The following HTML text is provided to enhance online
readability. Many aspects of typography translate only awkwardly to HTML.
Please use the page image
as the authoritative form to ensure accuracy.
Possible Health Effects of Exposure to Residential Electric and Magnetic Fields
cycle of increased loading begins again. If the wire configurations remain unchanged over the course of a particular epidemiologic study, contemporary magnetic-field measurements might be somewhat higher than historical measurements, and the absolute magnetic-field cut points between wire-code categories would be somewhat higher than they would have been at the time of disease etiology. This trend causes no problem for the long-term validity of wire codes if the relative discriminating ability of wire codes is consistent, a point which could be examined.
There is a tendency, seen in the 1,000-homes study (EPRI 1993a) and elsewhere, for older homes to have higher wire codes, higher power-line fields and higher total fields. Possible reasons for such a trend could be that most homes built over 50 years ago and 7.1% of homes built 30-50 years ago have knob and tube wiring (which can cause higher in-home fields); none of the homes built less than 30 years ago had knob and tube wiring (EPRI 1993a). In addition, homes seem to accumulate a larger number of wiring errors as they age; wiring practices in older homes might have permitted more wiring irregularities; or power lines might be more fully loaded in older neighborhoods.
Assuming that the trend is correct, it could be interpreted to mean that in the historical period, when homes were newer, a greater spread in the magnetic fields was represented by the wiring codes. Therefore, wire codes might have somewhat greater discriminating power when applied to a historical period rather than a current period, a point which should be examined.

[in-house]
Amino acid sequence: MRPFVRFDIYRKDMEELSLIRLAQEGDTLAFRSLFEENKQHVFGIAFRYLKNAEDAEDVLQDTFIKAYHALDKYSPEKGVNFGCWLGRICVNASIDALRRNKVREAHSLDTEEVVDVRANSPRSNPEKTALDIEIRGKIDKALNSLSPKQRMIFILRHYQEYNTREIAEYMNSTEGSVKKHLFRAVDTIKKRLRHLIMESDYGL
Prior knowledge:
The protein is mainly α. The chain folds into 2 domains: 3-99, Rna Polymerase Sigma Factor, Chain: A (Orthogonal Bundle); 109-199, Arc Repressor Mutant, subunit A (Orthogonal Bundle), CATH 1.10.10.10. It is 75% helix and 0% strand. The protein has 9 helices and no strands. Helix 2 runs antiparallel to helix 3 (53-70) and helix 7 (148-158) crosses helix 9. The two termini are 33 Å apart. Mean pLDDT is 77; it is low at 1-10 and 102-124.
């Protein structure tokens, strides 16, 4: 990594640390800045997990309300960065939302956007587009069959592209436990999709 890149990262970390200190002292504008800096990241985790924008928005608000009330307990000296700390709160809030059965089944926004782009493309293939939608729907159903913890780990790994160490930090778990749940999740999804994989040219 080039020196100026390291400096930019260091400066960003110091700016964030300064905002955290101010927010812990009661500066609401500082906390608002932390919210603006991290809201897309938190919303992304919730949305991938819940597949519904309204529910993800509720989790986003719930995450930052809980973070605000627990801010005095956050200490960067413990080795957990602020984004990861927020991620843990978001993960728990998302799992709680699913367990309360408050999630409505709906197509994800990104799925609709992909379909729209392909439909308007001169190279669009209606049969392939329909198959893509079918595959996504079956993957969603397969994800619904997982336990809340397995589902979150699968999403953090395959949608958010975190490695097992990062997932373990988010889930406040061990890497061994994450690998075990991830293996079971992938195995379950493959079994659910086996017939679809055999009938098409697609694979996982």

A serious barrier to acceptance of a possible weak connection between human health and exposure to extremely-low-frequency electric and magnetic fields in residences is the absence of a plausible physical mechanism to account for such a connection. Because any biologic effect of exposure to electric or magnetic fields at residential field strengths is, at best, at the margins of detectability, laboratory experiments to identify such a mechanism at those field strengths appear not to be feasible. However, at higher magnetic-field strengths, there appear to be genuine biologic effects, which are accessible to experiment. Mechanistic studies at high field strengths, accompanied by attention to dose-response relationships, might illuminate the situation at lower field strengths.
Laboratory experiments must be designed with appropriate positive and negative controls, conducted under blind or double-blind conditions as appropriate, and described in sufficient detail to permit independent replication. The committee found that a large fraction of published reports failed to meet those criteria.
The areas of biologic research that seem most likely to be productive include the following: